The point of this all was not really about self-injury itself. It was about voicing that becoming a “grown up” does not make it go away. It was about admitting a part of who I am to the world . . . in hopes that even just one person can find solace in know he/she is not alone.

      Reply

  5. Very well written and brave. I agree that it’s about control. I once wrote that at least in this way, I controlled the pain; I dished it out on my terms. Just as with eating disorders, it isn’t an affliction limited to teens.

    Reply

    • Thank you so much for reading and sharing your thoughts. Eating disorders are another issue that people can’t seem to understand affect adults too. I think the more we talk about these things, the more we see that we’re not alone, the less ashamed we’ll feel . . . and the more we can progress.

      Reply

  6. […] me, and it certainly holds a special meaning. I wrote more about what it means, for me, to be an adult self-injurer several months ago.*** Advertisement Eco World Content From Across The Internet. Featured on […]

    Reply

  7. I am so glad you posted this. I was searching and searching other blog sites to try and find someone I could relate to. All I could find were teens and alot of them glamourize cutting.

    I started self injuring at age 9. I am now 41. I am anorexic, bulemic, have anxiety disorders and bouts of depression.

    I went 39 days without cutting…relapsed this morning. I’m feeling so sad, and angry, upset. Ive been reflecting back on low points in my life. Cutting was always there. Not long ago my 20 yr old son admitted that he cut. I feel to blame, though he never saw me do it…I feel a failure as a mom.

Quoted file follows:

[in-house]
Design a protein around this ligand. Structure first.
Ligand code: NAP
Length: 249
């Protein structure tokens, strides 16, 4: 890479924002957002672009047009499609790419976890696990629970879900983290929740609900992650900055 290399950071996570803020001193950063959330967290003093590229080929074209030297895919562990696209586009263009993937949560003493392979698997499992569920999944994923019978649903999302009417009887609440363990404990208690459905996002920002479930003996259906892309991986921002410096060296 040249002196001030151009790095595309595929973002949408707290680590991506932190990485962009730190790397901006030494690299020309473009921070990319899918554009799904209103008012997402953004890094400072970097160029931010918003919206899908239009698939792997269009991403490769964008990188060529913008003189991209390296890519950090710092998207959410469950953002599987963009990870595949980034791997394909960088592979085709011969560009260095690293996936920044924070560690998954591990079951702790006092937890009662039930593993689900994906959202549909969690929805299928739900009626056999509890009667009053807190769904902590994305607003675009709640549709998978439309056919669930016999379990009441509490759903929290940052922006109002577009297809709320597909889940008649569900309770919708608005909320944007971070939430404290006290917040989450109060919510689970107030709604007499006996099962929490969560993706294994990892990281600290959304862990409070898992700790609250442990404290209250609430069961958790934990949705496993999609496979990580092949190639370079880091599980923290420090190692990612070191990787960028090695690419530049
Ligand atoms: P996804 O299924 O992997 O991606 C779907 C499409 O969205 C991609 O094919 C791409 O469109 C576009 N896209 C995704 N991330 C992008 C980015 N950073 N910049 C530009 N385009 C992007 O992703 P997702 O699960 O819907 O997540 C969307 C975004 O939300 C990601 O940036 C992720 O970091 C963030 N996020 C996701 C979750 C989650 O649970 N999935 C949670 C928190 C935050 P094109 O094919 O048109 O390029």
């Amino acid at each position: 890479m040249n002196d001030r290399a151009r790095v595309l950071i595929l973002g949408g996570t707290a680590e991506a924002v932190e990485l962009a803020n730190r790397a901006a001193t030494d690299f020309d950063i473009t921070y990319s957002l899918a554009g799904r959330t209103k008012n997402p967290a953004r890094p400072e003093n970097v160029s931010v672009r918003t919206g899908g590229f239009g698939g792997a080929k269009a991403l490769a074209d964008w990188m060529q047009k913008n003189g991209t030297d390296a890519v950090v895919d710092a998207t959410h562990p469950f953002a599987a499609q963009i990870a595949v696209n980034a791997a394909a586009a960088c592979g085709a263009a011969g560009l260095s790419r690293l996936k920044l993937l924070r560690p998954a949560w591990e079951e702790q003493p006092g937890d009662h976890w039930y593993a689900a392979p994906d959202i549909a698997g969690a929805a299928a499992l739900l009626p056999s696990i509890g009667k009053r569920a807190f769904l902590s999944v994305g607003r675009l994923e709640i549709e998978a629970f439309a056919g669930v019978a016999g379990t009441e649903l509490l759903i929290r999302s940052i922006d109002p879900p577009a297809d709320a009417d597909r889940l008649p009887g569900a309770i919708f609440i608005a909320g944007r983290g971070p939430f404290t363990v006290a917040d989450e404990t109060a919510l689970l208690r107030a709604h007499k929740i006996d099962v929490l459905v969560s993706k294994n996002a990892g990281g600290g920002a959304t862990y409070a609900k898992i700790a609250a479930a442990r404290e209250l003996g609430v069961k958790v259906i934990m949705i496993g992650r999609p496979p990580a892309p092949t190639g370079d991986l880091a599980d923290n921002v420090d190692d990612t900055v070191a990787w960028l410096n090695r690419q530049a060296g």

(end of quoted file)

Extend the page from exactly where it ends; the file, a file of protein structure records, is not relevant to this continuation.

I thought I would stay clean this time.

    I’m sorry for ranting here. I was so glad to see your post. You’ve given me hope and helped me not feel so much shame for not…getting over it.

    I’ll start new tomorrow admittedly terrified that I will fail again. You’ve given me the strength to keep hoping, keep trying.

    Thank you so much. Strength to you.

    Reply

    • I am so happy that you found your way here and that this post could help you feel a little less alone. Because we are *not* alone. It’s ridiculous to think these urges/desires,this addiction just goes away because we reach adulthood.

      A friend shared this blog with the other day – http://thebloggess.com/2012/01/the-fight-goes-on/ . . . . Further proof that we are not alone.

      As for your son, I would consider it a huge success that your son was willing to talk with you about his cutting. My mom was an amazing mother and my aunt was an amazing aunt (I moved in with her after my mom passed), but I still could never talk to them about self-injury.

      I know that it’s totally cliche, but you don’t have to worry about never cutting again . . . focus on not cutting today. One day at a time. And when one day is too long, one hour at a time . . . hell, one minute if you have.to!

      Do you know what your triggers are? Can you start working on removing them? Do you have any alternatives for cutting? I need to keep my hands busy – snapping a rubber band on my wrist, writing/typing (whether it’s a conversation, a journal entry or just rambling), crafting (I make jewelry), sometimes just playing a repetitive game on the computer . . . . anything that’s doesn’t take too much thought, but keeps my hands moving will often calm me to the point of no longer *needing* to SI.

      I will be keeping you in my thoughts and sending you tons of safe vibes!!! I have my email, Facebook, etc. all listed on my “Where to find me” page . . . please, feel free to get in touch any time!

      ::Hugs:: and strength right back to you!

      Reply

Leave a Reply

Fill in your details below or click an icon to log in:

WordPress.com Logo

You are commenting using your WordPress.com account. Log Out / Change )

Twitter picture

You are commenting using your Twitter account. Log Out / Change )

Facebook photo

You are commenting using your Facebook account. Log Out / Change )

Google+ photo

You are commenting using your Google+ account. Log Out / Change )

Connecting to %s

%d bloggers like this: